Looks like Mario Batali will still financially benefit from his popular restaurants for the foreseeable future, even though he’s stepped away from day-to-day operations following sexual misconduct allegations.
In a new Times piece about how restaurant empires are dealing with such allegations, the celebrity chef says that he’s focusing on personal time with his wife and won’t be making business plans for now. Batali’s primary business partner Joe Bastianich — who himself has been accused of fostering a “boys’ club” culture — adds that decisions have not yet been made on whether or not Batali will divest from ownership of about 24 restaurants across the country, such as the Michelin-starred Babbo and Del Posto.
Bastianich tells the Times: “Divorces are never easy. Do we buy out? Do we split restaurants? We may have intentions. He has intentions. Really, the decision is his. He’s going through a process. We’re going through a process. We’ll see.”
In December, Batali stepped away from operations of his restaurants after multiple women accused him of sexual misconduct over the span of two decades in an Eater NY investigation. Shortly after, his restaurants started removing mentions of his name, as did Eataly, where he has a stake. Batali and Bastianich Hospitality Group also plans to change its name, promoted chefs Nancy Silverton and Lidia Bastianich, and is taking additional steps like bringing in outside investigations firms.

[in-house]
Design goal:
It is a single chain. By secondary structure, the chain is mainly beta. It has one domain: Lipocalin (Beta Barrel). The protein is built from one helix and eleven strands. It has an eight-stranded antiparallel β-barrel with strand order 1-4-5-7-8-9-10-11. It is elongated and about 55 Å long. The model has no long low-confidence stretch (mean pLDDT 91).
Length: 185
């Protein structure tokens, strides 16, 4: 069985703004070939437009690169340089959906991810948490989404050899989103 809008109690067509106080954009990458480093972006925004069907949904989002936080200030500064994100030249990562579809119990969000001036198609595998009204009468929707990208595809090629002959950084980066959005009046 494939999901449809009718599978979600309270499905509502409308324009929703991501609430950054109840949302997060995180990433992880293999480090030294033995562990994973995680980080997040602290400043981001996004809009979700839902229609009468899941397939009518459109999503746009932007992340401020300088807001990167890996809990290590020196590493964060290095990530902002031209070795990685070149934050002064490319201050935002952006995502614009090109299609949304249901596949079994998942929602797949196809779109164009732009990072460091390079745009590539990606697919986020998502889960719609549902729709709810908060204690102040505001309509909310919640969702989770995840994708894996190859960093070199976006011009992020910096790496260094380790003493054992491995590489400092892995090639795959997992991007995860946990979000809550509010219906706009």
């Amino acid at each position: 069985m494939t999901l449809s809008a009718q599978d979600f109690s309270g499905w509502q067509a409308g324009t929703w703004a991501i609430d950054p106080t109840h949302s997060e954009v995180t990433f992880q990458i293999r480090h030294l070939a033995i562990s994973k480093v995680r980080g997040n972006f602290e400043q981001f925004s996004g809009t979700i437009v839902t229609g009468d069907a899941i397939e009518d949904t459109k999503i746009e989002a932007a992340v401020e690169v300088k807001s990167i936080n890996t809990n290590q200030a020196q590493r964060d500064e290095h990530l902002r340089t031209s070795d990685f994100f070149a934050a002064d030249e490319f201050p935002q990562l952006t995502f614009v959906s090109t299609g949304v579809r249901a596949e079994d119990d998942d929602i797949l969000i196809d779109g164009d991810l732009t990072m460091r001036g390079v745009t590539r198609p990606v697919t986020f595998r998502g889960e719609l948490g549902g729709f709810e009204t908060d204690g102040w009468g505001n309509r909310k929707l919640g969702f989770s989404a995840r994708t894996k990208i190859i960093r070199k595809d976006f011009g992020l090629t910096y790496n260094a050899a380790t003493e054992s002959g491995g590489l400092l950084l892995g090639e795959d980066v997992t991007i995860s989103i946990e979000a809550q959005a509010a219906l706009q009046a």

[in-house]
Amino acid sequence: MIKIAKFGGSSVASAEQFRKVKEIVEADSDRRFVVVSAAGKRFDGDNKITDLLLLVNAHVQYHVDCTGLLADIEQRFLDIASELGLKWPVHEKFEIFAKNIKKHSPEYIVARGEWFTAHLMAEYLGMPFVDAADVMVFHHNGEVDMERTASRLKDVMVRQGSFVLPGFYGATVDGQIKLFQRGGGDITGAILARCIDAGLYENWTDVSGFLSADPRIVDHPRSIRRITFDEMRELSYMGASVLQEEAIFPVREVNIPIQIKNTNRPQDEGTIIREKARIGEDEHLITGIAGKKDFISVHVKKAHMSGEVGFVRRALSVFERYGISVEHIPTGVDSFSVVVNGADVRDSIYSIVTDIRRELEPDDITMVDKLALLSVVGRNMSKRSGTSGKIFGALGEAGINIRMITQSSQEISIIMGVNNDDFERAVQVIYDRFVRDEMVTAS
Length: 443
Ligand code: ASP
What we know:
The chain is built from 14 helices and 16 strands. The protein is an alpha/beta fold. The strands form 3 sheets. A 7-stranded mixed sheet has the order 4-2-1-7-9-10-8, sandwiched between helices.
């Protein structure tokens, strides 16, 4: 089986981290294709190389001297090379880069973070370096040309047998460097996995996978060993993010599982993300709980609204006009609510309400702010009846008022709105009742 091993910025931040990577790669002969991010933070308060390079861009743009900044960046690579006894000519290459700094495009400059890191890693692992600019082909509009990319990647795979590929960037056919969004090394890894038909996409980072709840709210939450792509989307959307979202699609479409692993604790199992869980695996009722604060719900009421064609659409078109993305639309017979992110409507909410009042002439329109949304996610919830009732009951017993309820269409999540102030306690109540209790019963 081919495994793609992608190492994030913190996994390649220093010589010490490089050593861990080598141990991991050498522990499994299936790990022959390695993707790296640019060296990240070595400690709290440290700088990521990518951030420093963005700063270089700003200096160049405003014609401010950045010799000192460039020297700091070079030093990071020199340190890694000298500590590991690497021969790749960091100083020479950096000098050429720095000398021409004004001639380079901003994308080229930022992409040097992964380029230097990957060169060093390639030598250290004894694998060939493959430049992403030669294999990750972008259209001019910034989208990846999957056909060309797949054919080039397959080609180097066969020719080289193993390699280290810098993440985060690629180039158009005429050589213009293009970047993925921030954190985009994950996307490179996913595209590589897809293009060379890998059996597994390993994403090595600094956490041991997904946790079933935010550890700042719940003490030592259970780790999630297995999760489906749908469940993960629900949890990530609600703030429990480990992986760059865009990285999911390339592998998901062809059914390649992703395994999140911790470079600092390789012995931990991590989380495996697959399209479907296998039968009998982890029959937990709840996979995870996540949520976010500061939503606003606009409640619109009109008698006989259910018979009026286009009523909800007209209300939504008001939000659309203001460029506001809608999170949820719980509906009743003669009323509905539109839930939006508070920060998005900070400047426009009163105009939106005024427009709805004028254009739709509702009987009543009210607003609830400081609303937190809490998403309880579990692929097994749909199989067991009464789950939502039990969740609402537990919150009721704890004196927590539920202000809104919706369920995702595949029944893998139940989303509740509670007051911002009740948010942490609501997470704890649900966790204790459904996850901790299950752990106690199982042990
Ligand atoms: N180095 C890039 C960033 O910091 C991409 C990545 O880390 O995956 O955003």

Batali’s restaurants remain popular, but as sexual misconduct allegations in the industry continue, the next question for some diners has been whether to still support places where allegedly bad players still financially benefit. At least one business, Four Barrel Coffee in the Bay Area, has asked its accused owner to divest.
Check out the full Times piece, which also touches on The Spotted Pig owner Ken Friedman, here.